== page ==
We’ll do our best to provide as much optional choice as we can, but timetabling constraints mean it may not be possible to take some module combinations. The structure of a small number of courses means that the order of modules or the streams you choose may determine whether modules are core or optional. This means that your core modules or options may differ from what’s shown here.

Check back in January 2025 for more details of the modules running in the academic year 2025/26.

Core modules

Core modules are taken by all students on the course. They give you a solid grounding in your chosen subject and prepare you to explore the topics that interest you most.

Options

Alongside your core modules, you can choose options to broaden your horizons and tailor your course to your interests. This list gives you a flavour of our options, which are kept under review and may change, for example in response to student feedback or the latest research.

While it’s our aim for students to take their preferred combinations of options, this can’t be guaranteed and will be subject to timetabling. Options may be grouped and if so, students will be able to choose a set number of options from the selection available in any particular group.

Explore modules from other subjects as part of your course

At Sussex, you can choose to customise your course to build the sort of degree that will give you the knowledge, skills and experience that could take you in any direction you choose.

As part of this degree, you explore subjects that are different to your course through electives and pathways that complement your main subject. Exploring different disciplines in four electives across Years 1 and 2 helps enrich your learning experience.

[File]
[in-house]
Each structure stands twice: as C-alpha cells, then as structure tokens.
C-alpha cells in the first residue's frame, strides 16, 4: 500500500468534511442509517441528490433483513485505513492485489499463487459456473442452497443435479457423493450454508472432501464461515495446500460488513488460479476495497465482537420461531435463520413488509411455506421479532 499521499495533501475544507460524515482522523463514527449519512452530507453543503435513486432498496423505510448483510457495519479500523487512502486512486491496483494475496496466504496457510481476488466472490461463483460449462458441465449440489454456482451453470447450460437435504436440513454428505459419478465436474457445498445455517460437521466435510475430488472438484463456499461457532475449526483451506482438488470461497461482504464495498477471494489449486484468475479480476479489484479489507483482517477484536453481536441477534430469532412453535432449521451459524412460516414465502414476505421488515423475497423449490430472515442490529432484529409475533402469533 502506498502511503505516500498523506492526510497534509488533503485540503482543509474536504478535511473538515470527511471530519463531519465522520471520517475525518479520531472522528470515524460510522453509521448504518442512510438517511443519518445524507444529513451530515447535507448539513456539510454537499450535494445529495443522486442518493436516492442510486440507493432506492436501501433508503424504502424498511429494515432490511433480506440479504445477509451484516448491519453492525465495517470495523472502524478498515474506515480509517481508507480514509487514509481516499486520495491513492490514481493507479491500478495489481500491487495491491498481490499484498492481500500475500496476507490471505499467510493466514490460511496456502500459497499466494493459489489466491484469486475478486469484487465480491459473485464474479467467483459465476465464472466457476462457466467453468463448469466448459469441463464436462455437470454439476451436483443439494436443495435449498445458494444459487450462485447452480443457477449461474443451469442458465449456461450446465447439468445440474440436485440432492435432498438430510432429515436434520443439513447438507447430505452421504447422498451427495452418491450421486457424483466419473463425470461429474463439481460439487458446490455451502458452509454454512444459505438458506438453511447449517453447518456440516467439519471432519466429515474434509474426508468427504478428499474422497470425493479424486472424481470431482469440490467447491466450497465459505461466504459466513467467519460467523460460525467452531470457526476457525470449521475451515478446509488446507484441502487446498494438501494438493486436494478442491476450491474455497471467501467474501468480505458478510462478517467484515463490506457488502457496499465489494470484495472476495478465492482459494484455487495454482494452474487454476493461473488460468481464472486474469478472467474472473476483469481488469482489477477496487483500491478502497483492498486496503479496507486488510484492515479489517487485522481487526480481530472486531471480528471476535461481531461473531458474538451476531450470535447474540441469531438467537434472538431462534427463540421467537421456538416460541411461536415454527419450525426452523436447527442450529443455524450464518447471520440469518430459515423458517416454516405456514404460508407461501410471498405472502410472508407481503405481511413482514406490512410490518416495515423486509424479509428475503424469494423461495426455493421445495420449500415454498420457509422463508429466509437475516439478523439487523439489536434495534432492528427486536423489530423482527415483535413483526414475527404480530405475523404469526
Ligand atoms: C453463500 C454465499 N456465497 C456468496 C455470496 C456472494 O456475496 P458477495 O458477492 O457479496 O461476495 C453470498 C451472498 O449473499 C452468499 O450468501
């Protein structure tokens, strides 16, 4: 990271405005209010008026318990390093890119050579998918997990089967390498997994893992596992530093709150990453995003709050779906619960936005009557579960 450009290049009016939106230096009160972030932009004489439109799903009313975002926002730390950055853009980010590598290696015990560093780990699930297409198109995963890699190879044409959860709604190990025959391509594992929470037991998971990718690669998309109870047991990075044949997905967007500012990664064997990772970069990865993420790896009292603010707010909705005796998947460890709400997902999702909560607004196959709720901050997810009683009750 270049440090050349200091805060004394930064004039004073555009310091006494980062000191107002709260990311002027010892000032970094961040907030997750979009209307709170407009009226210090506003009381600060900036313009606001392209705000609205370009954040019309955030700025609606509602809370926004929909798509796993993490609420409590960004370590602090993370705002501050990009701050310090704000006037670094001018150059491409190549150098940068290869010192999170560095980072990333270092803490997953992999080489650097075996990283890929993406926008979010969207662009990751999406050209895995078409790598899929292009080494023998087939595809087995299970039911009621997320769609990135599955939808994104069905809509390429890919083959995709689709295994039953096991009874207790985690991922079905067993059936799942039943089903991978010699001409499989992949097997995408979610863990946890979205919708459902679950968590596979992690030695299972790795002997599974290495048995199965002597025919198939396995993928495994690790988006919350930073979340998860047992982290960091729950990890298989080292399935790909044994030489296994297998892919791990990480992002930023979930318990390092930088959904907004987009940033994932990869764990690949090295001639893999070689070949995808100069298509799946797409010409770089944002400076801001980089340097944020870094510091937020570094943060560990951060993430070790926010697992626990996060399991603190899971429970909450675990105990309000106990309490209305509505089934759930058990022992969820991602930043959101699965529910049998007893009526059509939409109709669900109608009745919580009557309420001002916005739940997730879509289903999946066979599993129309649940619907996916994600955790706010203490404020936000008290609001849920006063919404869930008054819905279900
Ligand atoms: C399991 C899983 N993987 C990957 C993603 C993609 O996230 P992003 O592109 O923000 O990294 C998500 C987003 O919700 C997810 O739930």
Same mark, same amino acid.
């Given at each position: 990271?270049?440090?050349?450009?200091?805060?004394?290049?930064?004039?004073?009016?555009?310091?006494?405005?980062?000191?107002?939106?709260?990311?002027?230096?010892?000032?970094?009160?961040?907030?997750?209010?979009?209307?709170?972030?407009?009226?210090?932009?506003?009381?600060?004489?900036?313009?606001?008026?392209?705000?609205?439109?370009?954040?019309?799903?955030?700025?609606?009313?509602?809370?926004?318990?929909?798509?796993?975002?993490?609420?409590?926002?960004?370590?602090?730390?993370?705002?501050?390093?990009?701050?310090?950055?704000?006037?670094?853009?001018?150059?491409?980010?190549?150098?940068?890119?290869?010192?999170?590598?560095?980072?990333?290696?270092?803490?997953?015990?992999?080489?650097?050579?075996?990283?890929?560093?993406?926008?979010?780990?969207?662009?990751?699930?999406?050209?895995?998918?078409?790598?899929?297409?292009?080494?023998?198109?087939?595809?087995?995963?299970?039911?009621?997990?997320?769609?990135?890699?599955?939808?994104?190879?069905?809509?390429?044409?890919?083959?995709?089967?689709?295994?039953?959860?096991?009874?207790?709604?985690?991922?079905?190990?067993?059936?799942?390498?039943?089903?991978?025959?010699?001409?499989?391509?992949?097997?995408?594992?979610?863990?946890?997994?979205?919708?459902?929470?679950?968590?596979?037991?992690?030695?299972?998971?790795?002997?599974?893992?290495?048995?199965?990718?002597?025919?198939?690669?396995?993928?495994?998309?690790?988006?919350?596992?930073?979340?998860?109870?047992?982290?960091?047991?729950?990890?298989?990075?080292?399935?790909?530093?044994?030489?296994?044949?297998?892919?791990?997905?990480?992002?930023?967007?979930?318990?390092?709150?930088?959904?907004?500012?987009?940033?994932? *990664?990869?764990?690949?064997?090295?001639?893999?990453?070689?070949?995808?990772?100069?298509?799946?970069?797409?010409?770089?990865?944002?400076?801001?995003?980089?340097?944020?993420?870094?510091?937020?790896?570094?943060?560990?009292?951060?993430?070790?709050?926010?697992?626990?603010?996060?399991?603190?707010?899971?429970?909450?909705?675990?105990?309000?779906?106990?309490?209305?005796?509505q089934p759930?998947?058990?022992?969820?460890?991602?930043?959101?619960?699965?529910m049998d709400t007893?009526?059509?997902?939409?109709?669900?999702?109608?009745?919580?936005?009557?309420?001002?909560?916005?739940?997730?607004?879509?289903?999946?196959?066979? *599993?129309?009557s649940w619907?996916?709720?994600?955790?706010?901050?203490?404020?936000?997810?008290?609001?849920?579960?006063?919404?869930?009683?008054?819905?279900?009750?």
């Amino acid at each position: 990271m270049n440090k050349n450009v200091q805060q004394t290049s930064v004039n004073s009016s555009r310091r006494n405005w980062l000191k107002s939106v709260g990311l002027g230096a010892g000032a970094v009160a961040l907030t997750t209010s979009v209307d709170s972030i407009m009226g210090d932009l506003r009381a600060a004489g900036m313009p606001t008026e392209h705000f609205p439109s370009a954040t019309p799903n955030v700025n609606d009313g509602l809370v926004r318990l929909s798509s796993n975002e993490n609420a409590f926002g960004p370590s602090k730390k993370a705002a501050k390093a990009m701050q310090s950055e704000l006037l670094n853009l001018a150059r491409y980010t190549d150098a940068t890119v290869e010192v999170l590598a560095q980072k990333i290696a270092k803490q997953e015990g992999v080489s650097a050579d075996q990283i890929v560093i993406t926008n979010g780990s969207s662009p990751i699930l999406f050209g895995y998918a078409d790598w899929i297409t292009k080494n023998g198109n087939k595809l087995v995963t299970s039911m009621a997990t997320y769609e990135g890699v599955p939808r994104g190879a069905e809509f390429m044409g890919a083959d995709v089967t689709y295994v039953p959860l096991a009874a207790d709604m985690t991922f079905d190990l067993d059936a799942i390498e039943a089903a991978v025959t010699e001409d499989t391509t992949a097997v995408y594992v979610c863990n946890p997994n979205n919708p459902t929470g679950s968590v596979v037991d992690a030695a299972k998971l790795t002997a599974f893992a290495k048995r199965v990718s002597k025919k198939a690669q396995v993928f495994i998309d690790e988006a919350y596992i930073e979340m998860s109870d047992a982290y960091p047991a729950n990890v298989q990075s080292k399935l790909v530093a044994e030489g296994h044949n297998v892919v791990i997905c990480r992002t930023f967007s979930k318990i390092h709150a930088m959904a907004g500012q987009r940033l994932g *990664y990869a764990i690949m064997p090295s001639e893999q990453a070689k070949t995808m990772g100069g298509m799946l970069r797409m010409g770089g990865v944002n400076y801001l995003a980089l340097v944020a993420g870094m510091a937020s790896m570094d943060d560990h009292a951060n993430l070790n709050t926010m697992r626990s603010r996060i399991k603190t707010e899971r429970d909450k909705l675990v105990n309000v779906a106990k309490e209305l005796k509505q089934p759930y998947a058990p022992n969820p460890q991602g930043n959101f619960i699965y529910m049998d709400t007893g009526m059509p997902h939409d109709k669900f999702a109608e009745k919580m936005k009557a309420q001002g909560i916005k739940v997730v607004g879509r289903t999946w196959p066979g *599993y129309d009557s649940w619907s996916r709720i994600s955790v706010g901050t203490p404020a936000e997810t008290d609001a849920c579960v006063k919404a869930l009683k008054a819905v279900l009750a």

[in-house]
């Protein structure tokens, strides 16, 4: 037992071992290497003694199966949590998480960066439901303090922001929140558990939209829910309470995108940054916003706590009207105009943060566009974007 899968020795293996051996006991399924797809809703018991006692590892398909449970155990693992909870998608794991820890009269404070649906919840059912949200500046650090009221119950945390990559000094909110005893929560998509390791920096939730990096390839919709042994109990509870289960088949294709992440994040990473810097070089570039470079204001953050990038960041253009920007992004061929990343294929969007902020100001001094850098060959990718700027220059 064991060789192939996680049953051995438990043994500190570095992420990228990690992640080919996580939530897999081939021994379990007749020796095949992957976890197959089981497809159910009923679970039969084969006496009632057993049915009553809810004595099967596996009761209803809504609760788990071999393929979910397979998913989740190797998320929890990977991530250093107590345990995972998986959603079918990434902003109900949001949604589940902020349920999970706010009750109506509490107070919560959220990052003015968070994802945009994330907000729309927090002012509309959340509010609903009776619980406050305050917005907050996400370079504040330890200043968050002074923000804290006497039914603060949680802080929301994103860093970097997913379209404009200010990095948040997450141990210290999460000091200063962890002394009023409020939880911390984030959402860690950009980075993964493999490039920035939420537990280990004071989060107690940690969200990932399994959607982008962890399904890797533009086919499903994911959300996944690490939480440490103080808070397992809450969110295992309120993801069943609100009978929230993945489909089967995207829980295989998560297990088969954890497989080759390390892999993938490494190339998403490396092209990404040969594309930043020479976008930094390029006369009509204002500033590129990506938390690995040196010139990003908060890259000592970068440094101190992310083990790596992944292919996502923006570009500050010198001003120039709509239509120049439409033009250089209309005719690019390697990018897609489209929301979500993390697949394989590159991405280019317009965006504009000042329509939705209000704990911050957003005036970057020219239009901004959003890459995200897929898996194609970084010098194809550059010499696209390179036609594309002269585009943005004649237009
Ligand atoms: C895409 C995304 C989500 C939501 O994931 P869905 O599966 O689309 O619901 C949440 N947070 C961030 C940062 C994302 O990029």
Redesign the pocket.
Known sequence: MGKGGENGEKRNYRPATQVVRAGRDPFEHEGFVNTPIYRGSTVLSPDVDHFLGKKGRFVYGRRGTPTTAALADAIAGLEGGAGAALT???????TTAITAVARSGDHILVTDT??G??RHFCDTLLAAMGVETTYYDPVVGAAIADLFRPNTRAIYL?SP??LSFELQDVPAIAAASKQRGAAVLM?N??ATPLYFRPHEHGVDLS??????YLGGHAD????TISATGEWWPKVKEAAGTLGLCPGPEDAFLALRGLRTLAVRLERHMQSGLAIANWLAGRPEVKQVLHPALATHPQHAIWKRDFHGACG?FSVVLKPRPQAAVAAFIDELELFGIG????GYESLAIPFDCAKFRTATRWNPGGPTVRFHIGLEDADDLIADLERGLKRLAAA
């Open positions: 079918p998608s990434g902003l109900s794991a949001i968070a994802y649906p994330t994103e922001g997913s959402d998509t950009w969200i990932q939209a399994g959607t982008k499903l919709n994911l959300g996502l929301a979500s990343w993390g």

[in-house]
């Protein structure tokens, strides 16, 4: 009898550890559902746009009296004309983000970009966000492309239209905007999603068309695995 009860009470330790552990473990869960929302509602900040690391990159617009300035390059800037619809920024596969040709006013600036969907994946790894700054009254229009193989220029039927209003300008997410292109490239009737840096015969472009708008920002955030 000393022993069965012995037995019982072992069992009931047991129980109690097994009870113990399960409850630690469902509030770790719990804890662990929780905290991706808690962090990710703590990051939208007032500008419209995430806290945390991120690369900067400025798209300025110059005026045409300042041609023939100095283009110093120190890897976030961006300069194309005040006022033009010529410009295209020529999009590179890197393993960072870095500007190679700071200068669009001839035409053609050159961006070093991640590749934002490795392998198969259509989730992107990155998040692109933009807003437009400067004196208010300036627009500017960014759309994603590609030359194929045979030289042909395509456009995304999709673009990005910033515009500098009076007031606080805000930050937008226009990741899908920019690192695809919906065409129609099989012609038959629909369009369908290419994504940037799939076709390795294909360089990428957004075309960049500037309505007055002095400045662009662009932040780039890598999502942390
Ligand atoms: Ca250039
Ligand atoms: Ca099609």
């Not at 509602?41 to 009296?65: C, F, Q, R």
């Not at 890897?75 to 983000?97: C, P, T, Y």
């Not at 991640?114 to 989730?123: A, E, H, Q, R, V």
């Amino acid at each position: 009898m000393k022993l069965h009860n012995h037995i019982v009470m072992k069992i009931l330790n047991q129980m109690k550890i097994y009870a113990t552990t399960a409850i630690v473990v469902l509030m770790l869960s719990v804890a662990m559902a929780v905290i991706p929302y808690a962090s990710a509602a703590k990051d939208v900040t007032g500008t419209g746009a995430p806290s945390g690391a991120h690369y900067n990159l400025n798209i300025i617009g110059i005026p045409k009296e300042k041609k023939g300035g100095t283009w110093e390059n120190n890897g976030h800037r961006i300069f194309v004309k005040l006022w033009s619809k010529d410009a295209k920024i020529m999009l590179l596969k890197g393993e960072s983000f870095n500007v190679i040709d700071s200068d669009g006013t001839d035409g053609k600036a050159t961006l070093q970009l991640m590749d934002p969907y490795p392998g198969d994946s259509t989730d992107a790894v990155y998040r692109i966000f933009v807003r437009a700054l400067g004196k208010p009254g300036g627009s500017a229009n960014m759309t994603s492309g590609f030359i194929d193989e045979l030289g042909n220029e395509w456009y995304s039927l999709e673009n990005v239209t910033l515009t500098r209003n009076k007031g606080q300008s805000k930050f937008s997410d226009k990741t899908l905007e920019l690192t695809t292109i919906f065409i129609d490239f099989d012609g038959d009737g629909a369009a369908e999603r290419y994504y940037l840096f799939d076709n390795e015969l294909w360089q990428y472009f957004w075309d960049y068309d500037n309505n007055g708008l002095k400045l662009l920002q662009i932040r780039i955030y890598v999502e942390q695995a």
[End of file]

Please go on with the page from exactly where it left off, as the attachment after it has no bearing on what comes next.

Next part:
Discover our electives and pathways

We regularly review our modules to incorporate student feedback, staff expertise, as well as the latest research and teaching methodology. We’re planning to run these modules in the academic year 2024/25. However, there may be changes to these modules in response to feedback, staff availability, student demand or updates to our curriculum. We’ll make sure to let you know of any material changes to modules at the earliest opportunity.

We’ll do our best to provide as much optional choice as we can, but timetabling constraints mean it may not be possible to take some module combinations. The structure of a small number of courses means that the order of modules or the streams you choose may determine whether modules are core or optional. This means that your core modules or options may differ from what’s shown here.

Check back in January 2025 for more details of the modules running in the academic year 2025/26.

Study abroad (optional)

Apply to study abroad – you’ll develop an international perspective and gain an edge when it comes to your career. Find out where your course could take you

If your application to study abroad is successful, you’ll have to meet the academic requirements at Sussex and also at the partner university. Find out more about studying abroad as a Sussex student

Study Abroad experience – Natasha Hoare, Anthropology BA

America is a great place for road tripping! I’m experiencing what it’s like to go to college here and I’ve learnt how other people view life.” James Ackroyd
Anthropology BA
Studied abroad at Arizona State University, US

Placement (optional)

To help you gain experience and increase your employability, you can apply for an optional placement as part of your course. You’ll be responsible for applying for and securing your placement. Our dedicated careers team can provide you with information and advice. If you’re successful in obtaining a placement, this will form part of your course.